United States District Court, D. Kansas
MEMORANDUM AND ORDER
J. THOMAS MARTEN, District Judge.
Plaintiff Frederick Taylor seeks review of a final decision by defendant, the Commissioner of Social Security ("Commissioner"), denying his application for Disability Insurance Benefits ("DIB") under Title II of the Social Security Act ("the Act"). Plaintiff alleges that the Commissioner erred in denying DIB because the Administrative Law Judge ("ALJ") failed to properly consider medical source opinions and plaintiff's credibility when determining plaintiff's residual functional capacity ("RFC"). As discussed below, the Commissioner's decision is affirmed.
On February 2, 2012, plaintiff filed for DIB under the Act, alleging disability beginning December 1, 2010. His claims were based on a number of physical and mental conditions. His claims were initially denied on March 13, 2012, and again on reconsideration on May 9, 2012. Pursuant to plaintiff's timely request, a hearing was held before an ALJ on October 17, 2012.
At the hearing, plaintiff testified that his inflammatory bowel disease ("IBD") causes him extreme gas pain, flatulence, burping, loose stool, and five to six restroom visits during each day. He also testified that his IBD flares up for a day or two one or two times per month, requiring ten to twelve bathroom visits per day. He also testified that his diabetes and sleep apnea were controlled medically.
In a decision dated November 2, 2012, the ALJ determined that plaintiff was not disabled and had an RFC to perform sedentary work. The ALJ considered plaintiff's IBD and other physical and mental limitations, including knee and back pain, sleep apnea, diabetes, and anxiety. Plaintiff timely filed this appeal, alleging that the ALJ failed to properly consider plaintiff's IBD symptoms when determining his RFC.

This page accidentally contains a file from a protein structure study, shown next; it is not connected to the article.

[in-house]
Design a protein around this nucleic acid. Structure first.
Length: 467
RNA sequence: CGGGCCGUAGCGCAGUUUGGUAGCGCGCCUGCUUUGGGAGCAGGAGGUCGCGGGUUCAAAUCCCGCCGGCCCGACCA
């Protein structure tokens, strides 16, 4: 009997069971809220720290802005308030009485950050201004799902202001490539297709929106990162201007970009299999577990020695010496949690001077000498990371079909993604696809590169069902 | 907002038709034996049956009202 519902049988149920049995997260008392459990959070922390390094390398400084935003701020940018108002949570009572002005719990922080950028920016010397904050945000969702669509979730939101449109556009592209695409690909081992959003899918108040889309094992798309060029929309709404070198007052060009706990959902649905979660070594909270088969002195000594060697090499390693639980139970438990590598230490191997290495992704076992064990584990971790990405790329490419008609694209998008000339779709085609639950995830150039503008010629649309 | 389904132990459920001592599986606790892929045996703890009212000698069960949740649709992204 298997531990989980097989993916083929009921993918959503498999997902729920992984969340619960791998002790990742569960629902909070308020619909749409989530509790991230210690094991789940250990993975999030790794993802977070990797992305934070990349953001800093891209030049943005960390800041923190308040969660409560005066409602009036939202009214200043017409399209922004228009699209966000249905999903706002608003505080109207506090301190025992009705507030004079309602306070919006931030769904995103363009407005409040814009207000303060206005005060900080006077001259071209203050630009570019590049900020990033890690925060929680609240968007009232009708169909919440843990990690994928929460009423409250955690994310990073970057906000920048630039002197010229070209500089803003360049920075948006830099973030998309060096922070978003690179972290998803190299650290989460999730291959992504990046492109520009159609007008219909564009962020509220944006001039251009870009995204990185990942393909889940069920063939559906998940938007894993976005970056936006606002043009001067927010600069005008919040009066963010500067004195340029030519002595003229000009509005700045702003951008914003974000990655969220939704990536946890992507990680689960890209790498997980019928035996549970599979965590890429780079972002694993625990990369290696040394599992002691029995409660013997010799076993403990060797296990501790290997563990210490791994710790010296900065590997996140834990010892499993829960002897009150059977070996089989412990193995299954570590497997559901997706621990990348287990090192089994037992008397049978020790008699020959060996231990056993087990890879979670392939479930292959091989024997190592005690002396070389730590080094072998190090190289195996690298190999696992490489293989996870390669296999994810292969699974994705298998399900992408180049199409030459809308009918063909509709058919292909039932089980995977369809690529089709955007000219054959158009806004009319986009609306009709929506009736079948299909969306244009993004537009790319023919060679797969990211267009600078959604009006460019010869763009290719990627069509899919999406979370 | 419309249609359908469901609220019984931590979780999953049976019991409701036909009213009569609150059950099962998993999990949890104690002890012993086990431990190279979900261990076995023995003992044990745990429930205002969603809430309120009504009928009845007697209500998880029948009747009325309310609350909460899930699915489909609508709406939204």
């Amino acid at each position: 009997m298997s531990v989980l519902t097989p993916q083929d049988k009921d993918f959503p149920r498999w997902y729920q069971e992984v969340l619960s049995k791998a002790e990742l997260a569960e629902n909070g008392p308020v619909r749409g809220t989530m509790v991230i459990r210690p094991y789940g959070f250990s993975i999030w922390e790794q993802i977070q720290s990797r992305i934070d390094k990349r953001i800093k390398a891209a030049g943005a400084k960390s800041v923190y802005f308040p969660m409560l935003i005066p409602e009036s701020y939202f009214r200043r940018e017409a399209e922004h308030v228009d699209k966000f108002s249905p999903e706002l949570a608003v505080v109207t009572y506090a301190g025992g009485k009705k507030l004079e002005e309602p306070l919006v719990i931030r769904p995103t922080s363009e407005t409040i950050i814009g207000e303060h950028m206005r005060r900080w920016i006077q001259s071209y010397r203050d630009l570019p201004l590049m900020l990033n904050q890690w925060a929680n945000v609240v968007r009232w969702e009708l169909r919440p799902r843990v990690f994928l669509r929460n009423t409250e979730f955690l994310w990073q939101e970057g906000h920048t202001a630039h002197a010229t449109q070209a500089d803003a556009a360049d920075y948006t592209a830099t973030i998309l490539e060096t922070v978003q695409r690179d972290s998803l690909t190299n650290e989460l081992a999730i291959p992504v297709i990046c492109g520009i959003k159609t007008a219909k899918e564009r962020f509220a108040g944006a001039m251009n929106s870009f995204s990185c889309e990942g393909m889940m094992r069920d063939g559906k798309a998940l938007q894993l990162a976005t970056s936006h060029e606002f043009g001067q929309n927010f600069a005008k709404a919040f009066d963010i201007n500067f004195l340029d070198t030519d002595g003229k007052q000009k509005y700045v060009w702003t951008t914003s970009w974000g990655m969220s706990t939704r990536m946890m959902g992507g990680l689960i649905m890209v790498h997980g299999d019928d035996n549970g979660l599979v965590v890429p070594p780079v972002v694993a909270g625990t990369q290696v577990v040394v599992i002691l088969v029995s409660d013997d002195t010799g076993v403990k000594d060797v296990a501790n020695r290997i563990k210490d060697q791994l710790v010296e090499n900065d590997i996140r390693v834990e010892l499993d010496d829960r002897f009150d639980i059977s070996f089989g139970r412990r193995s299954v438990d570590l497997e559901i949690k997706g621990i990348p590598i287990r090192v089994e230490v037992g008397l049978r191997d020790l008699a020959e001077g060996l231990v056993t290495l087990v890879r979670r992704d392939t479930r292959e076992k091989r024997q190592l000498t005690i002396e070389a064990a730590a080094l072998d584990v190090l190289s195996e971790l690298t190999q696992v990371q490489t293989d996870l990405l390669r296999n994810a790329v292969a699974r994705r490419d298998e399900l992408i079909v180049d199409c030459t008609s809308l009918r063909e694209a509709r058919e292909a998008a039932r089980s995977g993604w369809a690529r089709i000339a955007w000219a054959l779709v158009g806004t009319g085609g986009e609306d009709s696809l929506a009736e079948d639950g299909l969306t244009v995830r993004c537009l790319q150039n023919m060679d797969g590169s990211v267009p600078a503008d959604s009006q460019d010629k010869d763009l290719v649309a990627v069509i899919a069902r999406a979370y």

II. Legal Standard
This court reviews the ALJ's decision under 42 U.S.C. § 405(g) to "determine whether the factual findings are supported by substantial evidence and whether the correct legal standards were applied." Angel v. Barnhart, 329 F.3d 1208, 1209 (10th Cir. 2003). Substantial evidence is that which "a reasonable mind might accept as adequate to support a conclusion." Wilson v. Astrue, 602 F.3d 1136, 1140 (10th Cir. 2010) (citation omitted). "Substantial evidence requires more than a scintilla but less than a preponderance." Zoltanski v. F.A.A., 372 F.3d 1195, 1200 (10th Cir. 2004) (citation omitted). The court's role is not to "reweigh the evidence or substitute its judgment for the Commissioner's." Cowan v. Astrue, 552 F.3d 1182, 1185 (10th Cir. 2008). The possibility that two inconsistent conclusions may be drawn from the evidence does not preclude a finding that the Commissioner's decision was based on substantial evidence. Zoltanski, 372 F.3d at 1200.
An individual is under a disability only if he can "establish that [he] has a physical or mental impairment which prevents her from engaging in substantial gainful activity and is expected to result in death or to last for a continuous period of at least twelve months." Brennan v. Astrue, 501 F.Supp.2d 1303, 1306-07 (D. Kan. 2007) (citing 42 U.S.C. § 423(d)). This impairment "must be severe enough that she is unable to perform her past relevant work, and further cannot engage in other substantial gainful work existing in the national economy, considering her age, education, and work experience." Barkley v. Astrue, 2010 WL 3001753, at *2 (D. Kan. July 28, 2010) (citing Barnhart v. Walton, 535 U.S. 212, 217-22 (2002)).